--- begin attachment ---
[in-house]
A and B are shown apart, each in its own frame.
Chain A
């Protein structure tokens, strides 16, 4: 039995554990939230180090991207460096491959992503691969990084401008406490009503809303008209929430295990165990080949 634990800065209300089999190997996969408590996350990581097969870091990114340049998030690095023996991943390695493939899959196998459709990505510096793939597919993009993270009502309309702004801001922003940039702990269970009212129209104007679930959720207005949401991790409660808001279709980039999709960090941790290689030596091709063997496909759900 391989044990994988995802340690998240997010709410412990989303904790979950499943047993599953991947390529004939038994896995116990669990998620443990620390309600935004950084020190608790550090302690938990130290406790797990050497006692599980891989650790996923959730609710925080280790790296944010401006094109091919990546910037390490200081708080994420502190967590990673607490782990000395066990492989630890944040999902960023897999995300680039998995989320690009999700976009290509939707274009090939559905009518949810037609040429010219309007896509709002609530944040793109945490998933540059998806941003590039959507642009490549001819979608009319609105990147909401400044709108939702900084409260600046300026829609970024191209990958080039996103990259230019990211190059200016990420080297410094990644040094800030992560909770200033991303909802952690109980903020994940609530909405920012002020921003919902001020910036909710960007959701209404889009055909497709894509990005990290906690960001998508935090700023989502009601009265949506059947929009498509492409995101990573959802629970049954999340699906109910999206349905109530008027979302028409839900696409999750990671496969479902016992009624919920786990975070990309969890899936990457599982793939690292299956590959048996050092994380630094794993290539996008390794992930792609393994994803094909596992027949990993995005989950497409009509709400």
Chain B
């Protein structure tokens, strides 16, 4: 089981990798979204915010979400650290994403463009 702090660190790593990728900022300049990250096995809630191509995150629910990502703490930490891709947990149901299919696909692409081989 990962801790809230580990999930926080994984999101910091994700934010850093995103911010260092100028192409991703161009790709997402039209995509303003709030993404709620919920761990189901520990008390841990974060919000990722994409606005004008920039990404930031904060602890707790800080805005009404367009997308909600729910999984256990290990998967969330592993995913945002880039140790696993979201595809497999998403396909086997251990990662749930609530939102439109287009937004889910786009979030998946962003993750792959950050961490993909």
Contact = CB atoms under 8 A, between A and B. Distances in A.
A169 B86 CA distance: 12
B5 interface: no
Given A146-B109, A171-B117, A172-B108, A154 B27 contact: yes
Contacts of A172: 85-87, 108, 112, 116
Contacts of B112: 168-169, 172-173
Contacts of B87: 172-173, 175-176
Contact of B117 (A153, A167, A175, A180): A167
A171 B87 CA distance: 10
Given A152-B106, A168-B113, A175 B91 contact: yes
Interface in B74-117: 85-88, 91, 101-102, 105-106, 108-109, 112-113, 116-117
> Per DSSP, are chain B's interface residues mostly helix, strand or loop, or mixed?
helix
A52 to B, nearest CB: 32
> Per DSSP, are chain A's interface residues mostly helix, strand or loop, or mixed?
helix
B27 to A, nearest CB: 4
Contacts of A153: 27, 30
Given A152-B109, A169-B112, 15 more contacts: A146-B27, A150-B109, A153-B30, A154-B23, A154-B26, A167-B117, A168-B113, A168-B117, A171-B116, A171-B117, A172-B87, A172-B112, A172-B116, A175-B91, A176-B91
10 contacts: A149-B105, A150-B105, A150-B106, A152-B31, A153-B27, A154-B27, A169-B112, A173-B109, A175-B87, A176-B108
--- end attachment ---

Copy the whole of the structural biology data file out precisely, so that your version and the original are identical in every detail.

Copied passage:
[in-house]
A and B are shown apart, each in its own frame.
Chain A
């Protein structure tokens, strides 16, 4: 039995554990939230180090991207460096491959992503691969990084401008406490009503809303008209929430295990165990080949 634990800065209300089999190997996969408590996350990581097969870091990114340049998030690095023996991943390695493939899959196998459709990505510096793939597919993009993270009502309309702004801001922003940039702990269970009212129209104007679930959720207005949401991790409660808001279709980039999709960090941790290689030596091709063997496909759900 391989044990994988995802340690998240997010709410412990989303904790979950499943047993599953991947390529004939038994896995116990669990998620443990620390309600935004950084020190608790550090302690938990130290406790797990050497006692599980891989650790996923959730609710925080280790790296944010401006094109091919990546910037390490200081708080994420502190967590990673607490782990000395066990492989630890944040999902960023897999995300680039998995989320690009999700976009290509939707274009090939559905009518949810037609040429010219309007896509709002609530944040793109945490998933540059998806941003590039959507642009490549001819979608009319609105990147909401400044709108939702900084409260600046300026829609970024191209990958080039996103990259230019990211190059200016990420080297410094990644040094800030992560909770200033991303909802952690109980903020994940609530909405920012002020921003919902001020910036909710960007959701209404889009055909497709894509990005990290906690960001998508935090700023989502009601009265949506059947929009498509492409995101990573959802629970049954999340699906109910999206349905109530008027979302028409839900696409999750990671496969479902016992009624919920786990975070990309969890899936990457599982793939690292299956590959048996050092994380630094794993290539996008390794992930792609393994994803094909596992027949990993995005989950497409009509709400």
Chain B
């Protein structure tokens, strides 16, 4: 089981990798979204915010979400650290994403463009 702090660190790593990728900022300049990250096995809630191509995150629910990502703490930490891709947990149901299919696909692409081989 990962801790809230580990999930926080994984999101910091994700934010850093995103911010260092100028192409991703161009790709997402039209995509303003709030993404709620919920761990189901520990008390841990974060919000990722994409606005004008920039990404930031904060602890707790800080805005009404367009997308909600729910999984256990290990998967969330592993995913945002880039140790696993979201595809497999998403396909086997251990990662749930609530939102439109287009937004889910786009979030998946962003993750792959950050961490993909």
Contact = CB atoms under 8 A, between A and B. Distances in A.
A169 B86 CA distance: 12
B5 interface: no
Given A146-B109, A171-B117, A172-B108, A154 B27 contact: yes
Contacts of A172: 85-87, 108, 112, 116
Contacts of B112: 168-169, 172-173
Contacts of B87: 172-173, 175-176
Contact of B117 (A153, A167, A175, A180): A167
A171 B87 CA distance: 10
Given A152-B106, A168-B113, A175 B91 contact: yes
Interface in B74-117: 85-88, 91, 101-102, 105-106, 108-109, 112-113, 116-117
> Per DSSP, are chain B's interface residues mostly helix, strand or loop, or mixed?
helix
A52 to B, nearest CB: 32
> Per DSSP, are chain A's interface residues mostly helix, strand or loop, or mixed?
helix
B27 to A, nearest CB: 4
Contacts of A153: 27, 30
Given A152-B109, A169-B112, 15 more contacts: A146-B27, A150-B109, A153-B30, A154-B23, A154-B26, A167-B117, A168-B113, A168-B117, A171-B116, A171-B117, A172-B87, A172-B112, A172-B116, A175-B91, A176-B91
10 contacts: A149-B105, A150-B105, A150-B106, A152-B31, A153-B27, A154-B27, A169-B112, A173-B109, A175-B87, A176-B108